Hunter did his best to clear things up in his letter to NBA players. Hunter’s letter focused on the rationale for the players walking out of negotiation sessions with the owners last Friday, but ended with this: “Contrary to what is being said in the media, Derek, myself and the Negotiating Committee are of one accord. Derek is a fearless defender of player rights both at the bargaining table and behind the scenes, and he carries out his duties as President with the same degree of courage, focus and tenacity that he has exhibited on the court as a five-time champion. We are all well served to have Derek in a leadership capacity during these negotiations.”

Yahoo! Sports Adrian Wojnarowski took a very opposite view in a column he wrote earlier this week. Wojnarowski suggested that there is a growing movement among NBA players to never allow Hunter to walk out of any negotiation session without first talking to the players.

“Billy can’t just say its 52 or nothing, and walk out again,” one league source involved with the talks told Yahoo! Sports. “That will not happen again. It’s time that the players get to make a decision on this, and there won’t be another check lost before they do.”

The key to that quote: “a league source”, not a source close to the NBAPA. This was, however, an unnamed source close to the NBAPA.

“Right now, everyone has to choose sides: Billy or Derek,” one player involved in the labor process told Yahoo! Sports. “How the [expletive] did it come to this?”

The New York Times reported that the hawkish owners – those who want to destroy the NBAPA – want David Stern to negotiate an agreement where the basketball related income (BRI) falls in favor of the owners and not the reported 50/50 BRI split Stern has been offering the NBAPA.

One high-ranking official told Yahoo! Sports: “The others realize that if you do that, you will lose a season. If the players will not take 50 now, they will not take less than 50 until they sit the whole year.”

The two sides are set to meet Saturday. Stern, for his part, did offer this to The New York Times in regard to ‘doing his best’ to keep the BRI split at 50/50: “I believe that a majority of teams are in favor of making the deal that we were offering to the players,” Stern said. “And I’m trying very hard to keep that deal on the table.”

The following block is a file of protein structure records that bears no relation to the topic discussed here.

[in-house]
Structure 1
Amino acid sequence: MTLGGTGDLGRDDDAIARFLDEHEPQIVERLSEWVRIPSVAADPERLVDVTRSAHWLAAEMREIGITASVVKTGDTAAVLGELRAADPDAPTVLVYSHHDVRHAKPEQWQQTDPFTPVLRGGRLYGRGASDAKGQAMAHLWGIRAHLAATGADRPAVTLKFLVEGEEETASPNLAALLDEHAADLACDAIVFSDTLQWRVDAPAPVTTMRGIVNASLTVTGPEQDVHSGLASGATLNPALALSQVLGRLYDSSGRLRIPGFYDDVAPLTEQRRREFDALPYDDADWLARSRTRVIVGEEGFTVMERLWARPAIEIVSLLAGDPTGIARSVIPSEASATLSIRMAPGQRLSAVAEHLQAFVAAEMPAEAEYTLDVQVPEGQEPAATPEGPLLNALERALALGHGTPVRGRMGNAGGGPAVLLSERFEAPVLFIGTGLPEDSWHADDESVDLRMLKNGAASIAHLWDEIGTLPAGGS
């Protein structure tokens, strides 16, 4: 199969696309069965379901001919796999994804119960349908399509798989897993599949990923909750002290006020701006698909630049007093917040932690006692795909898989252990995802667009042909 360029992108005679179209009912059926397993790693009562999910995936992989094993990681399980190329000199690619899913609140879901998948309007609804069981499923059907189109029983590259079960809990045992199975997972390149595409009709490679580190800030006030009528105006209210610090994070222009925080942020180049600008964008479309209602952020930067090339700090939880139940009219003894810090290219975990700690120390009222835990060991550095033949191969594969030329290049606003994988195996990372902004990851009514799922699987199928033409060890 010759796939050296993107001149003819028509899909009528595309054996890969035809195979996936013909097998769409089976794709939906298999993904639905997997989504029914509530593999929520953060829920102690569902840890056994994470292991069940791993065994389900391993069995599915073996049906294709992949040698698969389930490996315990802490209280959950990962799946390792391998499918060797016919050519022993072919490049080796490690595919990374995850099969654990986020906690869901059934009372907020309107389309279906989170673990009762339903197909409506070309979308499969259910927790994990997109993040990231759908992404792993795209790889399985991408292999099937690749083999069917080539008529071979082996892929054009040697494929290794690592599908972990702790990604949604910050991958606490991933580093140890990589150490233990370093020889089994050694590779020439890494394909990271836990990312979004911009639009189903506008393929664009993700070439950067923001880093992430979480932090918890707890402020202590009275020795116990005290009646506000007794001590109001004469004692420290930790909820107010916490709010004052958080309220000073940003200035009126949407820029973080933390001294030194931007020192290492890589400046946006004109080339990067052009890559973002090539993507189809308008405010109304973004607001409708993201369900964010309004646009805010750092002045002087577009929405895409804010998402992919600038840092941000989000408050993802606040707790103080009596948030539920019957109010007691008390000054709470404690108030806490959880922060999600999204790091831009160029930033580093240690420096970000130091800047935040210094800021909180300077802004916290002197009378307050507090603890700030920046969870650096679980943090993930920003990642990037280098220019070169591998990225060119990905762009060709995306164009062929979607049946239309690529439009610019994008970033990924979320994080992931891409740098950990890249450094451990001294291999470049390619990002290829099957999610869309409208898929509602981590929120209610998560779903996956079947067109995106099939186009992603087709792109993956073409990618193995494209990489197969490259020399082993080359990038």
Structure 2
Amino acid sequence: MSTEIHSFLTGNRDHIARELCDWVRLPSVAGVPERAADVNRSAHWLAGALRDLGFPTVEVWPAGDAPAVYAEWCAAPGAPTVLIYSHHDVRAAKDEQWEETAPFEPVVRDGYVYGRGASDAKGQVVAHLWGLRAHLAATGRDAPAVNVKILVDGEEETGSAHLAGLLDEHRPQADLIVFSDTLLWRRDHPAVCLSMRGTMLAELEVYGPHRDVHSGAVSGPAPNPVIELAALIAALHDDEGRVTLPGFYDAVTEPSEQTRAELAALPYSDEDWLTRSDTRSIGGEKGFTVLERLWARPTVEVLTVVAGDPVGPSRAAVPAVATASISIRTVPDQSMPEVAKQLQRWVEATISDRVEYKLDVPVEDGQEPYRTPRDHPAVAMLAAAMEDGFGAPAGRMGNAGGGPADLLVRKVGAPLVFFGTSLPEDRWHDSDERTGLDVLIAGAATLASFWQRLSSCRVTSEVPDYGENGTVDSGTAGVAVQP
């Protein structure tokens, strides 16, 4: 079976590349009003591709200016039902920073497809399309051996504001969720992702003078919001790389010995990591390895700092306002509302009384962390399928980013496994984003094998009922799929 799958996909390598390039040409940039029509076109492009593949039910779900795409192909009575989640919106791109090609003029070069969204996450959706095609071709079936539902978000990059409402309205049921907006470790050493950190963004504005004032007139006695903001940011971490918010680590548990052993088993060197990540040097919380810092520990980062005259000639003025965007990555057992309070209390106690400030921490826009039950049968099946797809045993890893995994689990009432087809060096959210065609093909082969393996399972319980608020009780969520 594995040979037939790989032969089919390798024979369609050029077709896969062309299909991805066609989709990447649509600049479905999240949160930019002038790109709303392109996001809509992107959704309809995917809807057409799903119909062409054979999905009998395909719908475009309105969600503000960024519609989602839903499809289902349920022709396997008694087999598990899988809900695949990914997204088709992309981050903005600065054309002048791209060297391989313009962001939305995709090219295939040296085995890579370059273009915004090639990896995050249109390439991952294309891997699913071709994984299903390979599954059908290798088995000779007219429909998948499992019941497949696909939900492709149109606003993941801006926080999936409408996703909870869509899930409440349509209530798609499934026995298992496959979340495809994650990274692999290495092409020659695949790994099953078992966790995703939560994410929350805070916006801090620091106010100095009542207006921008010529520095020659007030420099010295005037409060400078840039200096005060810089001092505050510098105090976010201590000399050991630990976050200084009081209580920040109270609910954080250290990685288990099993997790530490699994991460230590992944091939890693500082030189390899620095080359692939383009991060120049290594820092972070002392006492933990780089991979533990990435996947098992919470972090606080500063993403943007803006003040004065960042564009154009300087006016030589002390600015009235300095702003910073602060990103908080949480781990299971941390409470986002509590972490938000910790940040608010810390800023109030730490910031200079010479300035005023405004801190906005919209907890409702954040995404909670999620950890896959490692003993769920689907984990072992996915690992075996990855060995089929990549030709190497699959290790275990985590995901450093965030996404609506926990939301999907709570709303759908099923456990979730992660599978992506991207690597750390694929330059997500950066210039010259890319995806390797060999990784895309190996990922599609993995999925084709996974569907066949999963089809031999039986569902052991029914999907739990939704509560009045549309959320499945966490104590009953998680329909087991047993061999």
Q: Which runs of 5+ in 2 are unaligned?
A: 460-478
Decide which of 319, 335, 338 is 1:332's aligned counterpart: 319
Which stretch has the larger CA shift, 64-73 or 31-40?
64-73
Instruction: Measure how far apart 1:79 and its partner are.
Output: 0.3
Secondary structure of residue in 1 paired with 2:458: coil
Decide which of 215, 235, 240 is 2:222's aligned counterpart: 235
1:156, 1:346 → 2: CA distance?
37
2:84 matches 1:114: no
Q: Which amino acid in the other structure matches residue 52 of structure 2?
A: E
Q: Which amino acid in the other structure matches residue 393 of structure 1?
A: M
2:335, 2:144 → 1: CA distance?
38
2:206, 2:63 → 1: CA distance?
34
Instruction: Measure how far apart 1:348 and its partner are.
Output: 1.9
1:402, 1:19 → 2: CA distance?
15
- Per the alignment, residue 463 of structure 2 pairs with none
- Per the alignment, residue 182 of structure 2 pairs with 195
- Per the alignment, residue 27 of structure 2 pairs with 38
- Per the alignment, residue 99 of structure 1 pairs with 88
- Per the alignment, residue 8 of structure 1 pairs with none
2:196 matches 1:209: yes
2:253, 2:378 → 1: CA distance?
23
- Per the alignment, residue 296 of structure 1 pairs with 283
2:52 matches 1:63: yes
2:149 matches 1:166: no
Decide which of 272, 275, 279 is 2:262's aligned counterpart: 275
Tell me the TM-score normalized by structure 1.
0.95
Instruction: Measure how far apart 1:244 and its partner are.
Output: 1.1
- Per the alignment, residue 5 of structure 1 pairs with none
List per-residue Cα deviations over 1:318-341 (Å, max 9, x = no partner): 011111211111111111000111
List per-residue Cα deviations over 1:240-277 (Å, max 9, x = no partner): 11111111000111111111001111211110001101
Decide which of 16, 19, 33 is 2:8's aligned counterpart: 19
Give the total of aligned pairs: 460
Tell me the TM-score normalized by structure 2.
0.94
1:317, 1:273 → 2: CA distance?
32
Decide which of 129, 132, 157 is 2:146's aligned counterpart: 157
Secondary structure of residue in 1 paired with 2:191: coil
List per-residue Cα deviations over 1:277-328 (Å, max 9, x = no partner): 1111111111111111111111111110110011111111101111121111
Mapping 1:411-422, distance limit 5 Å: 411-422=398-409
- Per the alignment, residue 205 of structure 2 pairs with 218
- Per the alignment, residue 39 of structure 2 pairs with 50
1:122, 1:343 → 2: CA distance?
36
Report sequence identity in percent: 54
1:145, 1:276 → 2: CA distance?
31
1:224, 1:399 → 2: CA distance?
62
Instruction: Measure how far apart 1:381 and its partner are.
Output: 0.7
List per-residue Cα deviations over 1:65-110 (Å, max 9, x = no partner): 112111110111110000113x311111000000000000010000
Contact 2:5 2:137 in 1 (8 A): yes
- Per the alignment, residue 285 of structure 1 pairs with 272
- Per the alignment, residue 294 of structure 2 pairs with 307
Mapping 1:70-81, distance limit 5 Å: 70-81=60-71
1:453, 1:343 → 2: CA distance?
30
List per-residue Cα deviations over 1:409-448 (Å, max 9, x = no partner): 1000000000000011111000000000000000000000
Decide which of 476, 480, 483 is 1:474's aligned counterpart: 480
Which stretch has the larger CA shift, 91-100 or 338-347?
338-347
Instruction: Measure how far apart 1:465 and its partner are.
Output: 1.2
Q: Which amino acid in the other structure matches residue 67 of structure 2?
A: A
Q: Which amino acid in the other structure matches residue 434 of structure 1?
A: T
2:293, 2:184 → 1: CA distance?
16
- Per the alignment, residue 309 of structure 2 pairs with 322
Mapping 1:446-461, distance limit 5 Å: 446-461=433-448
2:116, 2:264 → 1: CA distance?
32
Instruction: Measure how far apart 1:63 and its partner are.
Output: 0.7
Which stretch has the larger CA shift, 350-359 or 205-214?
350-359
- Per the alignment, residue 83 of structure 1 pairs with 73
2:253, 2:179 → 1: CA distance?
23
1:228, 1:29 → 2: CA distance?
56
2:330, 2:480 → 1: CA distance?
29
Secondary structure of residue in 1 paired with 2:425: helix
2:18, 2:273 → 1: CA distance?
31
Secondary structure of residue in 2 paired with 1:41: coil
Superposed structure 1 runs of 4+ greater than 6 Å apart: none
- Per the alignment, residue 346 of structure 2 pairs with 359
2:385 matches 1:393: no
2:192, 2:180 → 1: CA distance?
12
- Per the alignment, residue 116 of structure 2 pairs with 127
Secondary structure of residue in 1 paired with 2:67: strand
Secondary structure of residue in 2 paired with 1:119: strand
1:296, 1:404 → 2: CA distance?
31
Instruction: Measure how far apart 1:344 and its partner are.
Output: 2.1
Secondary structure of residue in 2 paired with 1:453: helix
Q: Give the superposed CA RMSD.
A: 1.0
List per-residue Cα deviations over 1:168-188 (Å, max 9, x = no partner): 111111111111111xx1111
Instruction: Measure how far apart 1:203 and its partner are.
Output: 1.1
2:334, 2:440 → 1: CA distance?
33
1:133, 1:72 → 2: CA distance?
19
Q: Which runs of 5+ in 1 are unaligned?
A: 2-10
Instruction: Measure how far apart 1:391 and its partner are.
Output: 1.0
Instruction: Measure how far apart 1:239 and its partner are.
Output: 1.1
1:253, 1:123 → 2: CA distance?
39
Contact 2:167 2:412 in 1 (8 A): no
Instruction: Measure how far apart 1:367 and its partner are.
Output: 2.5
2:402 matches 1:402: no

Appearing on ESPN New York with Stephen A. Smith, New York Knicks’ forward Chauncey Billups offered his perspective on where the NBAPA is now and where it may be heading. Billups is in the fourth year of a $60.5 million contract. If the entire NBA season were to be lost Billups would lose $14.3 million he’d never make back. Billups did his best to look at the ‘big picture’.

"I'm willing to fight with the union," Billups, 35, said. "Do I want to lose $14 million or whatever it might be? I don't want to lose a dime. My career is almost over. I want all of that. But at the same time, I was in that other lockout (in 1998-99) and I know what those older guys were willing to do for me. ... I'm in that position now and that's where I stand.

“Honestly, you’ve got 400-some players and obviously the general body of the league are not in my position … that are maybe as in stable position of myself or some of the older, aging veterans. We have to be sensitive to the fact that some of those guys are young, although we, for the last two and a half, three years, said, ‘Prepare yourself; save your money.’ … We’ve got to know that some guys didn’t. … Then you’ve the guys that are really, really involved in the situation saying, ‘No, you don’t really understand what that 50-50′s really going to do going forward. You’re just worried about today.”

One of the biggest challenges Hunter and Fisher have faced throughout the lockout is trying to get their message out and attempt to control what NBA players are saying. That hasn’t been an issue for David Stern.